Taylor Dobbs / VPR File

Earlier this month, Chittenden County government and public health leaders celebrated report that said the number of opioid-related overdose deaths in the county dropped by 50 percent in 2018. Statewide, overdose deaths rose two percent last year. Burlington Mayor Miro Weinberger spoke with VPR about the county’s efforts to combat the opioid epidemic.  

Bayla Metzger / VPR

Town Meeting Day is coming up on Tuesday, March 5th. In the lead up, we're examining issues around the state. Seven Days reporter Katie Jickling weighed in on what's in store for Burlington voters.

UVM professor Harvey Amani Whitfield, seen here in his office, has studied the history of slavery in Vermont.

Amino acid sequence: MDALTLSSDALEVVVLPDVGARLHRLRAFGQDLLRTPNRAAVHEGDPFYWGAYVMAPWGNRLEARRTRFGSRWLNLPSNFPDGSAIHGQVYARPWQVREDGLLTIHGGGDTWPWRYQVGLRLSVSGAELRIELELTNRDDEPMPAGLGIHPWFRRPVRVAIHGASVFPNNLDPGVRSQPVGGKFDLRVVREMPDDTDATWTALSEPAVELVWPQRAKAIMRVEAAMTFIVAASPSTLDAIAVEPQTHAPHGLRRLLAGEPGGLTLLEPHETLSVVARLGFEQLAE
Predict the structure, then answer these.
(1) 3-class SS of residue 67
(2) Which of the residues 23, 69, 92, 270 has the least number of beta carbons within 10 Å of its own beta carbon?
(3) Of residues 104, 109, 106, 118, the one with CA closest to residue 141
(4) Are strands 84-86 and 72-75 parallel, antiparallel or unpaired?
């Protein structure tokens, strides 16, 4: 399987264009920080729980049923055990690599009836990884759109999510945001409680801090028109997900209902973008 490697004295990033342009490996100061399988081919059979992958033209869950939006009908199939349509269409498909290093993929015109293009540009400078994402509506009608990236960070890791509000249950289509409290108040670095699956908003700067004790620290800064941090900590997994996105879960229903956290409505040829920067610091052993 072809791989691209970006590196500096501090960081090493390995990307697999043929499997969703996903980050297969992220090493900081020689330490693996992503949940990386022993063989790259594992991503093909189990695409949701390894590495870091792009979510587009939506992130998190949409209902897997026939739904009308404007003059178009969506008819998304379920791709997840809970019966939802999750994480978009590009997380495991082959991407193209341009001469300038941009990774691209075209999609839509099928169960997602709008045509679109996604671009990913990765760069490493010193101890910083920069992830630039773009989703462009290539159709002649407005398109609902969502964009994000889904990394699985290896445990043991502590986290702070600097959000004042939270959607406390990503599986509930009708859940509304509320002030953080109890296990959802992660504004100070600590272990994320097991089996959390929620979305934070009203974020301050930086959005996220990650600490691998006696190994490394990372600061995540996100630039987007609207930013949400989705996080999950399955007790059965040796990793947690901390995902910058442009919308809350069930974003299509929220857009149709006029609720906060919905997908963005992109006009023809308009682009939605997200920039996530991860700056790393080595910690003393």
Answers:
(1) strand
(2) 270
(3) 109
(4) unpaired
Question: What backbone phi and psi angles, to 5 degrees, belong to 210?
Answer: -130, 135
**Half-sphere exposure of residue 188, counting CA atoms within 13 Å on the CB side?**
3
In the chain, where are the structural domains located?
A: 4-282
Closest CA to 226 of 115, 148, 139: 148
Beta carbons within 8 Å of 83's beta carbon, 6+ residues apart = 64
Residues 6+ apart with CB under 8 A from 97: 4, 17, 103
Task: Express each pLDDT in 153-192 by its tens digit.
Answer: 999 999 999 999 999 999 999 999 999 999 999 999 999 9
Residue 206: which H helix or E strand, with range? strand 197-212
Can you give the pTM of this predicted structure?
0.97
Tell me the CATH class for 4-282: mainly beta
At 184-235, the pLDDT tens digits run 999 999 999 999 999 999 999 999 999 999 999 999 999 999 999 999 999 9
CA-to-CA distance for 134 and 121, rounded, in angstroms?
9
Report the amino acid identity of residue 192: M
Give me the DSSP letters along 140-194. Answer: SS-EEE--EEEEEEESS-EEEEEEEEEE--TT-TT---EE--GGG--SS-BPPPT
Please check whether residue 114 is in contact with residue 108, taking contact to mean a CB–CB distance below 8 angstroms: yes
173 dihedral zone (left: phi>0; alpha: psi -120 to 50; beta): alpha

Sawyer Loftus / VPR

Vermont is often thought as one of the first state's to abolish slavery. The state's constitution, drafted in 1777, outlawed slavery, but it existed in the state's early years. There's an effort in the Vermont legislature this session to eliminate all references to slavery in the constitution.

M.T. Anderson accepts the 2006 National Book Award for Young People's Literature and speaks at a podium with the National Book logo.
Stuart Ramson / Associated Press

Vermont-based author M.T. Anderson is this year's winner of the American Library Association's Margaret A. Edwards Award. It's an annual honor recognizing an author's body of work in the area of young adult literature.